One starred at halfback in high school. The other takes half of his practice snaps at guard on the offensive line.
Meet Bradie Ewing and Ryan Groy, the 2010 fullback duo for the Wisconsin football team.
Ewing, a native of Richland Center weighs in at 234 lbs. — or to put it another way, 21 lbs. less than running back John Clay’s listed weight — ran for over 3,000 yards in high school, scored 41 touchdowns and was named First-Team All-State his senior year. Now he smashes headlong into linebackers on a daily basis, buried not in just short-yardage piles but obscurity.
Groy tips the scales at 307 lbs, was named the Wisconsin State Journal Player of the Year as an offensive lineman in his final high school season and has to bring two jerseys to game days — No. 79 in case he gets in at guard and No. 47 for his fullback duties.
Their respective stories couldn’t be more different, save one defining similar characteristic: They both just wanted to get on the field.
“A week before the first game, they put me in the formation [at fullback],” Groy said. “I didn’t know if I was doing scout, or what I was doing. And then we started running plays, and I was like ‘Am I a fullback? Yeah. Well, OK.’”
“It got me on the field, so I wasn’t complaining.
The death of the fullback position has been a long time coming. Gone are the glory days of Jim Taylor and 1,000 yard rushing seasons.
Between spread offenses, shotgun formations and the proliferation of single back schemes, true fullbacks have little place in the college game, and more importantly, almost no place in the heart of an elite high school athlete. You cannot recruit what doesn’t exist.
But the Badgers, with their old-school power running game, still have a need for a fullback. So they go looking in-house.
Last season it was senior tight end Mickey Turner taking most of the snaps in front of the running back, with tight ends Garrett Graham and Lance Kendricks sharing the load as well. This season, Ewing and Groy man the role.
Neither played a down of fullback in high school, but it hardly matters now. They are on the field in front of 80,000 weekly. The fact that most fans couldn’t pick them out of a lineup is naught but an amusing anecdote.
“It is just awesome to help the team win,” Ewing said.
Against Austin Peay last Saturday, Ewing scored the first touchdown of the game on an eight-yard plunge up the middle on a play the Badgers call “belly.” Ewing added another score later on a three-yard swing reception.
It was a short return to his days in high school as the featured playmaker before settling back into his role of leading blocker for Wisconsin’s current playmakers.
“Anytime when you are a fullback, going from being a running back to a blocking fullback, it is cool to get the ball back in your hands,” Ewing said.
The transition from halfback to fullback is probably more difficult mentally then physically. Glory seekers need not apply. Ewing often rehashes a phrase somewhere along the lines of “anything to help the team win” in his answers — a response he must believe to enjoy his job at fullback.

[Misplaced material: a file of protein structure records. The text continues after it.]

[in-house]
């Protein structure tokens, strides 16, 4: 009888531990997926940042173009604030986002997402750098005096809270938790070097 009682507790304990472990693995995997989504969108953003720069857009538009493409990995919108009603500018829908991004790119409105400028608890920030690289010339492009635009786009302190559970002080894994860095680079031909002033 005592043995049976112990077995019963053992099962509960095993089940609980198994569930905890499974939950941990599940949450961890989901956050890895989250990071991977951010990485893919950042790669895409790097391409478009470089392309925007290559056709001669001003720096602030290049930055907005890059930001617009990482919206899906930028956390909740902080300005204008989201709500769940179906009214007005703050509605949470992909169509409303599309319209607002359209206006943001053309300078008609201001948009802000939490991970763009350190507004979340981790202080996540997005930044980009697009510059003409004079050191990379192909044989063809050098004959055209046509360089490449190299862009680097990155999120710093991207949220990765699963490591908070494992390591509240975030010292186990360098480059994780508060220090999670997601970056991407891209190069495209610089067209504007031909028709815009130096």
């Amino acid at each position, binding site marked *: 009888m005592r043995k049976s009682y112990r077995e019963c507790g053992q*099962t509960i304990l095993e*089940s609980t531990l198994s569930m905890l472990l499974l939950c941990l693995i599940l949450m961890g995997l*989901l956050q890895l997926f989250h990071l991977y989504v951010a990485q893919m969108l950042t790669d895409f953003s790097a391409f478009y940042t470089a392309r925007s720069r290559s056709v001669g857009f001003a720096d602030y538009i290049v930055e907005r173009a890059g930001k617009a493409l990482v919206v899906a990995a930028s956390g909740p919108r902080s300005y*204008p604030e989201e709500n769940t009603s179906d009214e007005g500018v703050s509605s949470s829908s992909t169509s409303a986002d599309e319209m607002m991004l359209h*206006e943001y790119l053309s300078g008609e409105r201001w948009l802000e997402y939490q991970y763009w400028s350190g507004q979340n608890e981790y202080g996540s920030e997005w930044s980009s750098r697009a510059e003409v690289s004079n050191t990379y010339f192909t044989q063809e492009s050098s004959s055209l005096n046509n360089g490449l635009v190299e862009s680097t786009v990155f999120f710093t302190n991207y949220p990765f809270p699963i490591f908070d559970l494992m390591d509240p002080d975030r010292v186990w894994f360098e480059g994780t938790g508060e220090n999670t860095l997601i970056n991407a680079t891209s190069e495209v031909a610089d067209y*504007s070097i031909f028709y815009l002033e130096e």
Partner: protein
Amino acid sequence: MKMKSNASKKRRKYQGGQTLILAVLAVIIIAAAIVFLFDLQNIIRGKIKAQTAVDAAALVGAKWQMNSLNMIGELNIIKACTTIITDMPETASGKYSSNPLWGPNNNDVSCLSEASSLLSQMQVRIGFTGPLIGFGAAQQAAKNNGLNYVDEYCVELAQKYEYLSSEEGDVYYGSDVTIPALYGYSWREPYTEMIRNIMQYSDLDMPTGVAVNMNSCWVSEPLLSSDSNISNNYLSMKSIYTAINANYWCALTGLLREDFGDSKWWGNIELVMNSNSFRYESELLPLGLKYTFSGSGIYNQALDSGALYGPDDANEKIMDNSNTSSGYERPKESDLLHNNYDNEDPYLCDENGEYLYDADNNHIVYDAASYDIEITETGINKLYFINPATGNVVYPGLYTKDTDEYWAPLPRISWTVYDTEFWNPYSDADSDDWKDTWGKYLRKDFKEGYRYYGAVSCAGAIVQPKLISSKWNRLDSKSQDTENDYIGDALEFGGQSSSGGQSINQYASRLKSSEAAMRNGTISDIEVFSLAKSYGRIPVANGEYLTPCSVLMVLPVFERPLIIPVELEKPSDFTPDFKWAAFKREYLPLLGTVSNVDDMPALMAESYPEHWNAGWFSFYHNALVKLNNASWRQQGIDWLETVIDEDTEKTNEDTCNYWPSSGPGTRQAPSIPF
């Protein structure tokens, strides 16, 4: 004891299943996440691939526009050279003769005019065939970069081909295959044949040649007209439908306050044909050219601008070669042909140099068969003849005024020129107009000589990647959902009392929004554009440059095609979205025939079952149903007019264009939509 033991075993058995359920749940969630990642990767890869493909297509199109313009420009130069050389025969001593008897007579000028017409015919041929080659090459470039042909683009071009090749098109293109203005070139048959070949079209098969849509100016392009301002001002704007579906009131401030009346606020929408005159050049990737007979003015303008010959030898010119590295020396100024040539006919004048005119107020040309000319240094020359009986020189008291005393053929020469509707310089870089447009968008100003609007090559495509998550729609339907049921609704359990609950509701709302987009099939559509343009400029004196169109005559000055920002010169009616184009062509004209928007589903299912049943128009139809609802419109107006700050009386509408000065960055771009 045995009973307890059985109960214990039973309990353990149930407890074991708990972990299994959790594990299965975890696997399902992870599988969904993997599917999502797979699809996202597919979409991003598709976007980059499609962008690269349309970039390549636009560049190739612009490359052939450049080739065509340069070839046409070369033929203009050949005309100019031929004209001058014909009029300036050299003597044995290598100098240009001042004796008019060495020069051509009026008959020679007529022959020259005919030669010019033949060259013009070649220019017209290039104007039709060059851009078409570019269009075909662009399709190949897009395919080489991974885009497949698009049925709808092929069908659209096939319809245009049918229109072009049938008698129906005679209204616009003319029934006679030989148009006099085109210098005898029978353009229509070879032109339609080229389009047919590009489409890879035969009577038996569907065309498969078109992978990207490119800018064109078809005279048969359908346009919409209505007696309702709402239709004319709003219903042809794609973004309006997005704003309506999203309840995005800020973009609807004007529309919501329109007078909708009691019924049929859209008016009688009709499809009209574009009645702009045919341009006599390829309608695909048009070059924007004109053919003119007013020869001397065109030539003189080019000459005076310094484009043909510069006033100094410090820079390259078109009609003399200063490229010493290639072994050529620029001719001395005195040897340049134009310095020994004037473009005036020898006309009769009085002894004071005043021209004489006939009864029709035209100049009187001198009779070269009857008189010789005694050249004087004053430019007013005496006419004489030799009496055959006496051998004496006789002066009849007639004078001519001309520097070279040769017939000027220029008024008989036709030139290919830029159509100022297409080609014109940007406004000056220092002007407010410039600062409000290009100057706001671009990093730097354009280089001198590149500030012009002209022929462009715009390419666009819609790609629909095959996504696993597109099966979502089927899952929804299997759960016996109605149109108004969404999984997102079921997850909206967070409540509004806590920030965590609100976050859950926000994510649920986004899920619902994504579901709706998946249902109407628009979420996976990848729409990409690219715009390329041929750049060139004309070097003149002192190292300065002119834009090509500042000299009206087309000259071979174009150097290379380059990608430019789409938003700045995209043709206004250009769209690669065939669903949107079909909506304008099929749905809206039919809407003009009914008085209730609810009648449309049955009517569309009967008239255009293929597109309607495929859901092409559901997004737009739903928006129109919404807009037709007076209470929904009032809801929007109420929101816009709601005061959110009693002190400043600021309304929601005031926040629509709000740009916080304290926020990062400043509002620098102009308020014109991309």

“Without a doubt,” running back coach John Settle responded when asked if transitioning from halfback to fullback was more difficult mentally then physically. “But guys here know it is a team sport and they understand that they have a job to do. He approaches it with the right mindset.
“The thing I am most pleased with is how much his blocking has improved drastically. I think he feels good about where he is. He is playing with a confidence now you like to see as a coach.”
For Groy the short transition has been the other way around, more difficult learning the ins-and-outs of fullback then adjusting to a new role.
Still taking half his practice snaps at guard and half at fullback, Groy says he believes his play has been up and down as the lead blocker. On one play he might be out in front, cutting a linebacker against Arizona State to lead to John Clay’s rushing touchdown, but against San Jose State he was partially responsible for a fumble after bumping into quarterback Scott Tolzien.
“I didn’t even know going into fullback that my steps were important,” Groy said with a laugh. “I just stepped towards the play and hit. I guess I learned the hard way.”
Besides giving Wisconsin a mix of personnel for their opponents to study — they super creatively call the package “Big” when Groy comes in — the fullback duo keep each other rested.
Settle believes the roles on the team for Ewing and Groy have an uplifting effect on the rest of the roster as well. Their hard work in practice has paid off with playing time.
“I think the players feed off of that,” Settle said. “I think they like to see guys on the field who otherwise might not get a chance to play.”
Or maybe this is all overblown and Groy and Ewing just like hitting people.
“He is a big dude, I’m not that bad. We both like getting in there and smacking skulls with some people,” Ewing said.